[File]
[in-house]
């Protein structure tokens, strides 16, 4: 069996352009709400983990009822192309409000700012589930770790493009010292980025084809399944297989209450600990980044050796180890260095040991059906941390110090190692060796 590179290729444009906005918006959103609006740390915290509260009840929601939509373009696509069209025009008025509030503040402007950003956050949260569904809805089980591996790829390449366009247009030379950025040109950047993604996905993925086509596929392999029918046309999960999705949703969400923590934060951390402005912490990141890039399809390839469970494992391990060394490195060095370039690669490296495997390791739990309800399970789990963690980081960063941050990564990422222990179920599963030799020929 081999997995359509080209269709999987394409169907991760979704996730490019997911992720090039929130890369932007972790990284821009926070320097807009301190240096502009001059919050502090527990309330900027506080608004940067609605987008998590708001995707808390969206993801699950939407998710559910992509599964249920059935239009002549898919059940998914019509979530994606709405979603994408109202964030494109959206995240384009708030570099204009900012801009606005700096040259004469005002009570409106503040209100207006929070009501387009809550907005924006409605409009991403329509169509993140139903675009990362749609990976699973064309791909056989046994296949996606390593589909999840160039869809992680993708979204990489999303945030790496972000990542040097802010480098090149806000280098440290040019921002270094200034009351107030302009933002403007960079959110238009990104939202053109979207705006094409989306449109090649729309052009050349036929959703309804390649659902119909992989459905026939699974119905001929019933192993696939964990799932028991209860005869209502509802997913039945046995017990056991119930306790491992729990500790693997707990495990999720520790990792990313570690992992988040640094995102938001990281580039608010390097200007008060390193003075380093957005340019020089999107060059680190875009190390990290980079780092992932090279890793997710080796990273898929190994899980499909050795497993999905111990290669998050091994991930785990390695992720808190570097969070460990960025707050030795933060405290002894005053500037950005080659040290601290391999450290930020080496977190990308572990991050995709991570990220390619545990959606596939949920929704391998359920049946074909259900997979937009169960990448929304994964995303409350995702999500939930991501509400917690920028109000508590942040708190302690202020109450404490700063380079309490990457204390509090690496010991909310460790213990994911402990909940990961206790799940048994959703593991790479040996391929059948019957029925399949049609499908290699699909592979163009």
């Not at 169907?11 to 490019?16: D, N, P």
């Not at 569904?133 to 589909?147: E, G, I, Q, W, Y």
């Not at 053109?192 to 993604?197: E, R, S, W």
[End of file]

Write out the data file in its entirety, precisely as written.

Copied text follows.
[in-house]
């Protein structure tokens, strides 16, 4: 069996352009709400983990009822192309409000700012589930770790493009010292980025084809399944297989209450600990980044050796180890260095040991059906941390110090190692060796 590179290729444009906005918006959103609006740390915290509260009840929601939509373009696509069209025009008025509030503040402007950003956050949260569904809805089980591996790829390449366009247009030379950025040109950047993604996905993925086509596929392999029918046309999960999705949703969400923590934060951390402005912490990141890039399809390839469970494992391990060394490195060095370039690669490296495997390791739990309800399970789990963690980081960063941050990564990422222990179920599963030799020929 081999997995359509080209269709999987394409169907991760979704996730490019997911992720090039929130890369932007972790990284821009926070320097807009301190240096502009001059919050502090527990309330900027506080608004940067609605987008998590708001995707808390969206993801699950939407998710559910992509599964249920059935239009002549898919059940998914019509979530994606709405979603994408109202964030494109959206995240384009708030570099204009900012801009606005700096040259004469005002009570409106503040209100207006929070009501387009809550907005924006409605409009991403329509169509993140139903675009990362749609990976699973064309791909056989046994296949996606390593589909999840160039869809992680993708979204990489999303945030790496972000990542040097802010480098090149806000280098440290040019921002270094200034009351107030302009933002403007960079959110238009990104939202053109979207705006094409989306449109090649729309052009050349036929959703309804390649659902119909992989459905026939699974119905001929019933192993696939964990799932028991209860005869209502509802997913039945046995017990056991119930306790491992729990500790693997707990495990999720520790990792990313570690992992988040640094995102938001990281580039608010390097200007008060390193003075380093957005340019020089999107060059680190875009190390990290980079780092992932090279890793997710080796990273898929190994899980499909050795497993999905111990290669998050091994991930785990390695992720808190570097969070460990960025707050030795933060405290002894005053500037950005080659040290601290391999450290930020080496977190990308572990991050995709991570990220390619545990959606596939949920929704391998359920049946074909259900997979937009169960990448929304994964995303409350995702999500939930991501509400917690920028109000508590942040708190302690202020109450404490700063380079309490990457204390509090690496010991909310460790213990994911402990909940990961206790799940048994959703593991790479040996391929059948019957029925399949049609499908290699699909592979163009």
């Not at 169907?11 to 490019?16: D, N, P």
């Not at 569904?133 to 589909?147: E, G, I, Q, W, Y």
């Not at 053109?192 to 993604?197: E, R, S, W």